Illustration: Liu Rui/GT
As President Xi Jinping said at the General Debate of the 75th session of the UN General Assembly, major countries should act like major countries. Taking up due responsibilities is an important part of being a major country.
Xi pointed out problems existing in international relations, but did not name any country. That means China is concerned about the problems themselves, rather than using the UN, a multilateral dialogue platform, to argue with any other major powers. China sincerely hopes the world can cooperate and unite. It has repeatedly stressed the world in the 21st century should not be engaged in a zero-sum game, and contradictions could and should be resolved in a rational way.
The most discordant noise at the General Debate came from US President Donald Trump. He surprisingly attacked China's performance on many aspects, from the fight against COVID-19 to reducing emissions, and denied China's constructive role in global governance. Trump's speech distorted the focus of the conference to a "China-US confrontation," distracted the attention of the international community, and made it more difficult to push forward the urgent task of fighting the coronavirus pandemic.
"We are moving in a very dangerous direction. Our world cannot afford a future where the two largest economies split the globe in a Great Fracture - each with its own trade and financial rules and internet and artificial intelligence capacities," UN Secretary-General António Guterres said in his speech.
His concern makes sense, as he has also noted that a technological and economic divide risks inevitably turning into a geostrategic and military one.
Major powers maintaining cooperation, at least not engaging in Cold War-style antagonism, is the important foundation of world peace. China is committed to maintaining cooperation among major powers, as well as being flexible in the balance of interests acceptable to all parties. The problem is the Trump administration is hysterically shaping decoupling and confrontation between Beijing and Washington, and has been mobilizing more forces to its side at home and abroad. Those US policymakers are deliberately splitting the world like during the Cold War.
The impulse to promote a cold war is the ultimate version of unilateralism, and shows dangerous and mistaken arrogance that the US is almighty. Everyone knows that the US is declining in its competitiveness under the rules-based international system the US itself initiated and created. It wants to build a new system more beneficial to itself, and allow the US to maintain its advantage without making any effort. This is simply impossible.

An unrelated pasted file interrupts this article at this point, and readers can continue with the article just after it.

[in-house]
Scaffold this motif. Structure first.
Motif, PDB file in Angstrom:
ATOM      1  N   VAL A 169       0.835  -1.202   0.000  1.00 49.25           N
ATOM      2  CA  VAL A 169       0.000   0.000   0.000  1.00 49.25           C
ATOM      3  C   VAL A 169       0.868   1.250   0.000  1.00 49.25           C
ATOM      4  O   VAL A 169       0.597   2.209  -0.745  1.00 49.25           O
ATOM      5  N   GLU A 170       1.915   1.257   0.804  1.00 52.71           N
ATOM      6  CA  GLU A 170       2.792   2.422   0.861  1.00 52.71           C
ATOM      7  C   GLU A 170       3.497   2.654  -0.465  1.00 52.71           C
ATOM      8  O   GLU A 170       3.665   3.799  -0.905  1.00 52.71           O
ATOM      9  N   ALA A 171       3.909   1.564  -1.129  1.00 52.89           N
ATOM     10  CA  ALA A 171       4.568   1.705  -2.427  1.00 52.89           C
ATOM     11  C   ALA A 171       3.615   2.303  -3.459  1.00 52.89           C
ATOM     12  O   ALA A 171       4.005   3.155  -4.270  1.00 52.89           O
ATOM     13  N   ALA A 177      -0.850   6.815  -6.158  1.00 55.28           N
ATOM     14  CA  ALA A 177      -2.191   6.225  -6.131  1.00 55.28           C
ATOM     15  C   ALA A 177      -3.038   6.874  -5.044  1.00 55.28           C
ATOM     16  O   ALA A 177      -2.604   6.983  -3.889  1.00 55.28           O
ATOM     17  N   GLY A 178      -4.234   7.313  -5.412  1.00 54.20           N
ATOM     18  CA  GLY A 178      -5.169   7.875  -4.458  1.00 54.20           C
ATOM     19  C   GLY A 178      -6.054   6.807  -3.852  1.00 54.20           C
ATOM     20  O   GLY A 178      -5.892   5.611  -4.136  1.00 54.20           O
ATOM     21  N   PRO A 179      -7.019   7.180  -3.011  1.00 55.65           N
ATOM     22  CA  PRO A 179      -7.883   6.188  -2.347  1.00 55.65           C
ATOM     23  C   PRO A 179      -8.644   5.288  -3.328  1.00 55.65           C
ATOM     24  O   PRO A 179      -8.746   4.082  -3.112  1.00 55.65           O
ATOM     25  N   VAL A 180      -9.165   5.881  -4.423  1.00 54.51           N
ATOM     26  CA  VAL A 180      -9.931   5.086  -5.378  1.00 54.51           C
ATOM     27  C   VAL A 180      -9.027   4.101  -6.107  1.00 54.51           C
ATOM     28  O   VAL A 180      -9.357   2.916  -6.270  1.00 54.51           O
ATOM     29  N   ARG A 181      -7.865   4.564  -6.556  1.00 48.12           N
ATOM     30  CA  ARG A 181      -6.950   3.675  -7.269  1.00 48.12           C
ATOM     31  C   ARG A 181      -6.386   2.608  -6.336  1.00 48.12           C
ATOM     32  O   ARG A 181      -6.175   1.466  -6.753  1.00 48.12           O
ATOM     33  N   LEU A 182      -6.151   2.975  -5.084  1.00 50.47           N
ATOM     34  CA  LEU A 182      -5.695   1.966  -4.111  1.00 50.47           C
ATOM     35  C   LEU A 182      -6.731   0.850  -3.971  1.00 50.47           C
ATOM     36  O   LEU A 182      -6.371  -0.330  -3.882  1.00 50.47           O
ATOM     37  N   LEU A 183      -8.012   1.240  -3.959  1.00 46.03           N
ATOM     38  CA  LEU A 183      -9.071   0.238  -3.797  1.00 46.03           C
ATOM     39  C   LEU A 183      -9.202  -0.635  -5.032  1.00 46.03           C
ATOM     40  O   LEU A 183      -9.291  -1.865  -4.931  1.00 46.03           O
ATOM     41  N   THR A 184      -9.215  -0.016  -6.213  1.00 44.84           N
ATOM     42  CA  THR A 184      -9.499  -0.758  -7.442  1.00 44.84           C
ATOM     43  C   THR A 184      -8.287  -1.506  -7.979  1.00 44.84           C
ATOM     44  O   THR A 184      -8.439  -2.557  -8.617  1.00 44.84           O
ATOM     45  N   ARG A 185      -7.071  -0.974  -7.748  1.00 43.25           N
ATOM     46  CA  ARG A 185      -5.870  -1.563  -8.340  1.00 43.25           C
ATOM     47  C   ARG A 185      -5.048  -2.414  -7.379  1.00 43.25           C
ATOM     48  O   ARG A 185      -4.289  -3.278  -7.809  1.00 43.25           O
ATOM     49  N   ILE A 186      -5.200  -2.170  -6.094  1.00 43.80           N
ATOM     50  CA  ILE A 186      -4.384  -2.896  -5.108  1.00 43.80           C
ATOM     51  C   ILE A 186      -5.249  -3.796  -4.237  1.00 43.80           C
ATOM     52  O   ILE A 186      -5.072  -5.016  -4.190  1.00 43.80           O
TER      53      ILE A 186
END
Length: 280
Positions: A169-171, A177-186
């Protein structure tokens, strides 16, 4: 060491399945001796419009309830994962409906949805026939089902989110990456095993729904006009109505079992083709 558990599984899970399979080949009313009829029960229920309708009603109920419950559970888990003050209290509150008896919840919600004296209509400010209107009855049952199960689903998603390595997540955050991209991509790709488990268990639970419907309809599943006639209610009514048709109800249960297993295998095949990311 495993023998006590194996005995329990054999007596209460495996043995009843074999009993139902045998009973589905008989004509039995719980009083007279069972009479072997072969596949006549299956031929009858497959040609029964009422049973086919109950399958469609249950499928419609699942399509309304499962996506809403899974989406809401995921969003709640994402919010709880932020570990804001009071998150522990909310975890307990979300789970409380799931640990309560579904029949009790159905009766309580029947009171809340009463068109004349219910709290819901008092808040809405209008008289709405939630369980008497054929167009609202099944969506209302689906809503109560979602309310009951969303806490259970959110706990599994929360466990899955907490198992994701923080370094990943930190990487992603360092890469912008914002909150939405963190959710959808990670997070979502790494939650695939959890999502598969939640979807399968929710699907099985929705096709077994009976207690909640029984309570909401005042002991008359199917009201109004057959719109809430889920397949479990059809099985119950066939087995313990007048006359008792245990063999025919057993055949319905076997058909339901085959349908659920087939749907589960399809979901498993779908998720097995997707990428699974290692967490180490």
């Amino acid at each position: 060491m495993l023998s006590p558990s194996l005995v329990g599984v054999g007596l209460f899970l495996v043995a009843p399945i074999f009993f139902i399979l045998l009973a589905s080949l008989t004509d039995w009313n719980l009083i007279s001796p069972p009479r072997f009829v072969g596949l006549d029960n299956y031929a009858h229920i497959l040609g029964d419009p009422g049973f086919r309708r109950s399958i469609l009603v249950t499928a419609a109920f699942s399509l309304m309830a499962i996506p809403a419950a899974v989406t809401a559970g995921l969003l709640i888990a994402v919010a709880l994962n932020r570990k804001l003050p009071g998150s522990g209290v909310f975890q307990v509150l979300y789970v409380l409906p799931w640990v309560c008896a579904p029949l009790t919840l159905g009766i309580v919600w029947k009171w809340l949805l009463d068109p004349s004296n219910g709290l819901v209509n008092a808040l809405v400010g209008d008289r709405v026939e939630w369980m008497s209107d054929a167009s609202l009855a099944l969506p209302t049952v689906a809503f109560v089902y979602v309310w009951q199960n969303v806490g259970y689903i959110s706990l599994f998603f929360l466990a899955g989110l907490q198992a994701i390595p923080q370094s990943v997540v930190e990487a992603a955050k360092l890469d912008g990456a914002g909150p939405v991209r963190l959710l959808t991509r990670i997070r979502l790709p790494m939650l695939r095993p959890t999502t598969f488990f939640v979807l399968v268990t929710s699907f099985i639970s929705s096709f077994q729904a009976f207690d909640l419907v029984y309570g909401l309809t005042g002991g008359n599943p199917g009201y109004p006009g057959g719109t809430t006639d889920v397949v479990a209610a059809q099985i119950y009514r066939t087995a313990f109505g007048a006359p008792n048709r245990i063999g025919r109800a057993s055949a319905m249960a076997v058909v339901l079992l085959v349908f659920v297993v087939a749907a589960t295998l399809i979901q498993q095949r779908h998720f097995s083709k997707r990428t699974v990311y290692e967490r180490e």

Has the US won anything by launching the unprecedented trade war? Has it won anything by disrupting the global supply chain? Which country could always win without losing in the process? China is most diverse in manufacturing, and has the largest market potential. As we are also constantly improving our innovation, who can benefit from a "decoupling" from China?
The serious failure in handling the epidemic is the US' own fault, and China has nothing to do with it. How absurd is it to hold China accountable for the over 200,000 COVID-19 deaths in the US!
To hype such a lie could generate certain benefits under the US political environment, but will be despised by the entire world.
Beijing has restrained itself over Washington's mad moves to launch a new cold war and split the UN and the world. We persist on opening-up and avoid escalating tensions with the US. China's development needs a united world, and we are willing to spare no efforts to defend such solidarity.
Both Xi and Trump addressed the General Debate on Tuesday with pre-recorded videos. Xi emphasized unity and cooperation, while Trump mentioned China 12 times, making the country his most outstanding stunt. Judging from such different performances, it is easy to tell which side was more reliable. If the 21st century would finally become a century of divisions, the US ruling elites shall be regarded as the sinners of history.